- Mr. Koptsev’s crime inspired at least one copy-cat incident. In Rostov, a man menaced Jews inside a synagogue with a broken bottle before being subdued by security guards. A court later found him mentally incompetent to stand trial.
- Two youths in Kostroma accosted the city’s rabbi at a trolleybus stop, according to Andrey Osherov, a local Jewish leader. Mr. Osherov told UCSJ that the incident took place on February 13, 2006. Rabbi Nison Ruppo was waiting at the stop when two youths approached him, spat in his face, screamed antisemitic abuse, and waved their arms around in a threatening manner. Rabbi Ruppo reported the incident to police, but no arrests were reported in connection with this incident.
- During Passover in April 2006, neo-Nazi gangs accosted and threatened Jews in Izhevsk and Rybinsk. The head of the Jewish community in Izhevsk barely escaped a likely attack when he ducked into a hotel lobby upon seeing a mob of youths screaming “Sieg Heil!” coming down the street. No arrests were reported in connection with these incidents.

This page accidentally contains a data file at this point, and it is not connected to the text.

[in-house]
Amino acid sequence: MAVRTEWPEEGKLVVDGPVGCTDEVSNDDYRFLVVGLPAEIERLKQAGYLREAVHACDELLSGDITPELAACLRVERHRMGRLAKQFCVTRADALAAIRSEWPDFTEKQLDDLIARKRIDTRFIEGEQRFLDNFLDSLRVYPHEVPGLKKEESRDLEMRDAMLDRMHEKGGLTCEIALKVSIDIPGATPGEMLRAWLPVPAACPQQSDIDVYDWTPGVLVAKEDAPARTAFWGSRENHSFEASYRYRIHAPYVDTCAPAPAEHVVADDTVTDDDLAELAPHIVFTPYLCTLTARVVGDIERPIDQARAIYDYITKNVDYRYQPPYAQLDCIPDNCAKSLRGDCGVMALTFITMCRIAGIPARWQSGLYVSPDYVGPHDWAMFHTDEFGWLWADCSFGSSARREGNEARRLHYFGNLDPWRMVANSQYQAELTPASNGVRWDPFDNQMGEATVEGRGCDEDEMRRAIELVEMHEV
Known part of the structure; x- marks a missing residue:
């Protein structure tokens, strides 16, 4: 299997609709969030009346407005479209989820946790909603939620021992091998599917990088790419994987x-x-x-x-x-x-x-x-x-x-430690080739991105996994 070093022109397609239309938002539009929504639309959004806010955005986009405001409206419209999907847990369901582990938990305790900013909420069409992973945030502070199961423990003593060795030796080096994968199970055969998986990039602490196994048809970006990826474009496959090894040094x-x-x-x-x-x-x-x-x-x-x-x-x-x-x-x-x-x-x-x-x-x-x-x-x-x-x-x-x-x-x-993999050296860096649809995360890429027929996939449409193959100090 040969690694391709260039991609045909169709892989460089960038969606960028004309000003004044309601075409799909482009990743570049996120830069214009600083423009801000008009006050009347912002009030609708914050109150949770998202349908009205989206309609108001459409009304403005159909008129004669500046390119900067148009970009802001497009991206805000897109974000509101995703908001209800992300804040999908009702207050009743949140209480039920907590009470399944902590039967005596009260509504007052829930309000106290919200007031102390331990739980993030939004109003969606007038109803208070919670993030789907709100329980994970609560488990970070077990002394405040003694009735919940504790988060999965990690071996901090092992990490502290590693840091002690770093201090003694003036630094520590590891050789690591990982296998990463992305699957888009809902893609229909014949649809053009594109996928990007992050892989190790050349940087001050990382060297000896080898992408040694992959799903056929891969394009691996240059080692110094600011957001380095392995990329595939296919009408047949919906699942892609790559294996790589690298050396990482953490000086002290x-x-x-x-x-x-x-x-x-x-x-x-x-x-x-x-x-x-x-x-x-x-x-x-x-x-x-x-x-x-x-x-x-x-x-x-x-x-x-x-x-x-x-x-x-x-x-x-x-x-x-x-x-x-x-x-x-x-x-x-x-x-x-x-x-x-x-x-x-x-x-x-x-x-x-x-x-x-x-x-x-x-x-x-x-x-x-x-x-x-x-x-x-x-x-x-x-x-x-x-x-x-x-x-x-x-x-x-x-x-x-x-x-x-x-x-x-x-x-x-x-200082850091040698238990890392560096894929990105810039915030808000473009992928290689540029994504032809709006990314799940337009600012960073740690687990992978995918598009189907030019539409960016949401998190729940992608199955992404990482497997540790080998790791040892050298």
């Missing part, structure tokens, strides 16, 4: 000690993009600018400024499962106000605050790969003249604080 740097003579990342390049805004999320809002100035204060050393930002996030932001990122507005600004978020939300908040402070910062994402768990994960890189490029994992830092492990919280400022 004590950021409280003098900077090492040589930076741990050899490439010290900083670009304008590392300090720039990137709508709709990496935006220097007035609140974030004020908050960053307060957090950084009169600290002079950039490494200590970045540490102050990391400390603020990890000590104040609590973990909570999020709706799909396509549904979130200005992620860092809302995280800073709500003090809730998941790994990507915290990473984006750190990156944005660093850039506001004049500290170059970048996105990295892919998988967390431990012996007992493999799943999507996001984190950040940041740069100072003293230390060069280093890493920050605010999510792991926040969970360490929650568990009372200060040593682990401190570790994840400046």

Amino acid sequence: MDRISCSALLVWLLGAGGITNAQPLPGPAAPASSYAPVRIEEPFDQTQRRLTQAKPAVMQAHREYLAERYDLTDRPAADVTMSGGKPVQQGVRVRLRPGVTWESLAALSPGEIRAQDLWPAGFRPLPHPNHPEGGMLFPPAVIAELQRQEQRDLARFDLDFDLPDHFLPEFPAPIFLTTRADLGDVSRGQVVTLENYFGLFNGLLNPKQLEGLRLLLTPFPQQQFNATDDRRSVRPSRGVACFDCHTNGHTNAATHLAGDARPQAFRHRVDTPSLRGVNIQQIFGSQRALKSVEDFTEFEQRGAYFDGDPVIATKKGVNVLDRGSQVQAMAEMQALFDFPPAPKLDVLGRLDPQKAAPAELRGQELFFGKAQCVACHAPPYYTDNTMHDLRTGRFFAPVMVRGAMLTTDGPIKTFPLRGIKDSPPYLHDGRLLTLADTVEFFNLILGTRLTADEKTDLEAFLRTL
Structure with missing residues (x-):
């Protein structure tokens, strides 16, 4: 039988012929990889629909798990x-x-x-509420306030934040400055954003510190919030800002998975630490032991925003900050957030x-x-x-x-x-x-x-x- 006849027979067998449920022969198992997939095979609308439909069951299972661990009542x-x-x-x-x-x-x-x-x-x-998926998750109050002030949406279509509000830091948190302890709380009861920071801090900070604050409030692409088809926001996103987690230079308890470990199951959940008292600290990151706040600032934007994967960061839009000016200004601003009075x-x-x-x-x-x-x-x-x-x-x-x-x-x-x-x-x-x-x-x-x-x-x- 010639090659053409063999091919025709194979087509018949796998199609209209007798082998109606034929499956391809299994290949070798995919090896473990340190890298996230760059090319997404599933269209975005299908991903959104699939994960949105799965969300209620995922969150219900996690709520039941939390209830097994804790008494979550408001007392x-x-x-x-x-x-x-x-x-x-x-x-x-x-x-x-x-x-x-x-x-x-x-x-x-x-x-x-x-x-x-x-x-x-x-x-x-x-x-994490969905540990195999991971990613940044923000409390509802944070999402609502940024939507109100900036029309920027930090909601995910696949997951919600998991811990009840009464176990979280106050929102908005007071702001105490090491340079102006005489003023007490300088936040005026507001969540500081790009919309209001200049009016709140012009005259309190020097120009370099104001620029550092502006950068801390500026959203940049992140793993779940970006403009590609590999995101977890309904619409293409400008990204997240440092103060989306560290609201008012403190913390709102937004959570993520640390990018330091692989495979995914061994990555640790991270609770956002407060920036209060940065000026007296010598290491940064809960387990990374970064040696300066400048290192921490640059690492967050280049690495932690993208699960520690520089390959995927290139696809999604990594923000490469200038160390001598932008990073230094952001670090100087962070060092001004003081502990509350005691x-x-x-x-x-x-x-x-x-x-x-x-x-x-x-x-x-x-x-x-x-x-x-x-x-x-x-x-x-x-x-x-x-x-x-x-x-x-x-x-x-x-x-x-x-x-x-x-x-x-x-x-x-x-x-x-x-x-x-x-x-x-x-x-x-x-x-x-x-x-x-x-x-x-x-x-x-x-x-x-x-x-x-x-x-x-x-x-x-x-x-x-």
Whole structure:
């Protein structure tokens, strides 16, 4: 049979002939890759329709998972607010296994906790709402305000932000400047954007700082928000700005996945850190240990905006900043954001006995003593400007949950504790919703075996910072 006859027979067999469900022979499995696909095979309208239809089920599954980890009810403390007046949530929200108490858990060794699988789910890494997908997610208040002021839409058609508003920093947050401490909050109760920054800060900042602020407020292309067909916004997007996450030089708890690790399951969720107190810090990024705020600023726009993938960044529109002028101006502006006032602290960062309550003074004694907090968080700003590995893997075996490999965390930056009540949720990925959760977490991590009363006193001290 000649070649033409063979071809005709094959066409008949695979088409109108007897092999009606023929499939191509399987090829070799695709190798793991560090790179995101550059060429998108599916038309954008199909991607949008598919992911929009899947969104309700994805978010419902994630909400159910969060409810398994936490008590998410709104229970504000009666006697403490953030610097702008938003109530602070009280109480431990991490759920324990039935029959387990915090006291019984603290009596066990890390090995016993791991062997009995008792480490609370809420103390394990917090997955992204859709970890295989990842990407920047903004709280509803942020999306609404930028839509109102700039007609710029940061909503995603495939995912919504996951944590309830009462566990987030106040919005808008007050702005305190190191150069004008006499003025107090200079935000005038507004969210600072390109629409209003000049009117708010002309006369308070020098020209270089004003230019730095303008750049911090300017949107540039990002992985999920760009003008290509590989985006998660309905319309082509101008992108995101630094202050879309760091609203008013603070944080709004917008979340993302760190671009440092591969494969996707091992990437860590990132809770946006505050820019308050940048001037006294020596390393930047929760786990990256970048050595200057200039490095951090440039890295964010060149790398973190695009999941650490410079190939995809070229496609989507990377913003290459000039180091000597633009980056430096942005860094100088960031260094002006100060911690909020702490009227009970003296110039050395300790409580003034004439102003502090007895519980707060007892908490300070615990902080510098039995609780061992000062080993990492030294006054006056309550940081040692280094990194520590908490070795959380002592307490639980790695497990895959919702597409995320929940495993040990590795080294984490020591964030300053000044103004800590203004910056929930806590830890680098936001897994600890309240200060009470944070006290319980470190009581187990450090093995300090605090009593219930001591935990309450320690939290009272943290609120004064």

- In July 2006, Jews were attacked at a museum exhibit in Moscow, according to a July 6, 2006 report by the Sova Information-Analytical Center. The exhibition featured displays from a variety of faith traditions at the All-Russian Exhibition Center. A group of around 10 Russian Orthodox religious extremists reportedly attacked a group of Jews in front of their exhibit, screaming “Kikes killed our Tsar!”—a reference to the belief popular in some nationalist circles that Nicholas II was ritually murdered by Jews. Security was called in to stop the attack, though it is unclear if any arrests or injuries took place.
- Hanukkah services were disrupted in Pskov when someone threw a gas canister into the Jewish community center, according to a December 18, 2006 report by the AEN news agency. Worshippers were sickened by the gas and had to leave the Friday night service. Community leaders called the local FSB, which promised to investigate the incident. The Jewish community center is located inside the same building as a student dormitory, and this has at times led to harassment and vandalism targeting the community. Nevertheless, the local Jewish community remained undaunted and held services two days later without any further disruptions.